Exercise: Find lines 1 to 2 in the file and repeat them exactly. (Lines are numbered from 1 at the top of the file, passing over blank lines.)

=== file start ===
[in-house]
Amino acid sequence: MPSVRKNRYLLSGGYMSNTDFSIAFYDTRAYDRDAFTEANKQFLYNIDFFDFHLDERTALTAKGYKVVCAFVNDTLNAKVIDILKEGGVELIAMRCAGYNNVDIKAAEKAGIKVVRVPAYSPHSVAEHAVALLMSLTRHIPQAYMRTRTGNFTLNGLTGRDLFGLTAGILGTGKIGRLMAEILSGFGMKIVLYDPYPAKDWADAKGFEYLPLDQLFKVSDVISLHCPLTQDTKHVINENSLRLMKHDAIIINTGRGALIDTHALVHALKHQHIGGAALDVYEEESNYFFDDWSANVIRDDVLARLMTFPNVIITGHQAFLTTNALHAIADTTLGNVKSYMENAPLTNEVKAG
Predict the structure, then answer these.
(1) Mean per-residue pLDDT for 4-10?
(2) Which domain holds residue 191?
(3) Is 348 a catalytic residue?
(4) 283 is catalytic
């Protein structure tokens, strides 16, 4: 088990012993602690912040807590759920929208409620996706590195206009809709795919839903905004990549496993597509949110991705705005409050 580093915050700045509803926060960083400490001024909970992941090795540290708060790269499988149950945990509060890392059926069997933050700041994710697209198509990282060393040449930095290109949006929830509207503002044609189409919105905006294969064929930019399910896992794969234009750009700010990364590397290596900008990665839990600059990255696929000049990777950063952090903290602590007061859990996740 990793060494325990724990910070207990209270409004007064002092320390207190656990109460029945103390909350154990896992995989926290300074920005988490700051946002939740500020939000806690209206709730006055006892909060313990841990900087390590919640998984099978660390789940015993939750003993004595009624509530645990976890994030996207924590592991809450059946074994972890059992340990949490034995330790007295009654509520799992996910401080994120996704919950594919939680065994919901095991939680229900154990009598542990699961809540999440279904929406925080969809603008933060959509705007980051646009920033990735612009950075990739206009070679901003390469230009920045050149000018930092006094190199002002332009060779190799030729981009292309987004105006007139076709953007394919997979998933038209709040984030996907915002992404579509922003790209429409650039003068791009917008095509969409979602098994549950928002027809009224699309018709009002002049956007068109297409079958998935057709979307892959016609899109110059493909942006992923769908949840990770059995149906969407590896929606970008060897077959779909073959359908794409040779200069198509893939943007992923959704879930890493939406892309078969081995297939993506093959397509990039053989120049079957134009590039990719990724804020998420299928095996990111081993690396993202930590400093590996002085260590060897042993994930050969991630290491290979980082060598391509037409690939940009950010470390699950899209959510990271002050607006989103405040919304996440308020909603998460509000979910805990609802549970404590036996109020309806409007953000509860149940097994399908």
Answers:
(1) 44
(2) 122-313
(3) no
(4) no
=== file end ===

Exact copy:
[in-house]
Amino acid sequence: MPSVRKNRYLLSGGYMSNTDFSIAFYDTRAYDRDAFTEANKQFLYNIDFFDFHLDERTALTAKGYKVVCAFVNDTLNAKVIDILKEGGVELIAMRCAGYNNVDIKAAEKAGIKVVRVPAYSPHSVAEHAVALLMSLTRHIPQAYMRTRTGNFTLNGLTGRDLFGLTAGILGTGKIGRLMAEILSGFGMKIVLYDPYPAKDWADAKGFEYLPLDQLFKVSDVISLHCPLTQDTKHVINENSLRLMKHDAIIINTGRGALIDTHALVHALKHQHIGGAALDVYEEESNYFFDDWSANVIRDDVLARLMTFPNVIITGHQAFLTTNALHAIADTTLGNVKSYMENAPLTNEVKAG